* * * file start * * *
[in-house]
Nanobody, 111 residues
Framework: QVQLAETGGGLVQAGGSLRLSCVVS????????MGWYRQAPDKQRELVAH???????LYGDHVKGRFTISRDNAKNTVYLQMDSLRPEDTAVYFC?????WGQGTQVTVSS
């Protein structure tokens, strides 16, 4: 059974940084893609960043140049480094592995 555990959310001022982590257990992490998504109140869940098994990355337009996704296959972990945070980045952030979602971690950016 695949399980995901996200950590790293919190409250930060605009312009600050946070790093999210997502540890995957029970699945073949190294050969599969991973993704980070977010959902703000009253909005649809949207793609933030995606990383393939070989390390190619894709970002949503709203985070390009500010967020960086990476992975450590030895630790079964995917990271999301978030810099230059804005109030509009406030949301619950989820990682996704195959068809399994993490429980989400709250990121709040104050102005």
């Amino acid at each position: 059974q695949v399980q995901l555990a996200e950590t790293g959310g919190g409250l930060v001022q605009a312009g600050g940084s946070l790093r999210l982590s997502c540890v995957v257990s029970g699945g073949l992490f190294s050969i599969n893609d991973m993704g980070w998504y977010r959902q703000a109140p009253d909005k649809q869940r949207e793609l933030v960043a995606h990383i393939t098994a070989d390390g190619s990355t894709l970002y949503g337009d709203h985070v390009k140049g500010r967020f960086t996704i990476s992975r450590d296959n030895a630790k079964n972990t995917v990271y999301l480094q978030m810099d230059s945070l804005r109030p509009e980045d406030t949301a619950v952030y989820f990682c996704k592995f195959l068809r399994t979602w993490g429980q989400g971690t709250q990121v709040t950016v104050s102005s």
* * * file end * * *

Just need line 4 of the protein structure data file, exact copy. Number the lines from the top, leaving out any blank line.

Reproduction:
């Protein structure tokens, strides 16, 4: 059974940084893609960043140049480094592995 555990959310001022982590257990992490998504109140869940098994990355337009996704296959972990945070980045952030979602971690950016 695949399980995901996200950590790293919190409250930060605009312009600050946070790093999210997502540890995957029970699945073949190294050969599969991973993704980070977010959902703000009253909005649809949207793609933030995606990383393939070989390390190619894709970002949503709203985070390009500010967020960086990476992975450590030895630790079964995917990271999301978030810099230059804005109030509009406030949301619950989820990682996704195959068809399994993490429980989400709250990121709040104050102005």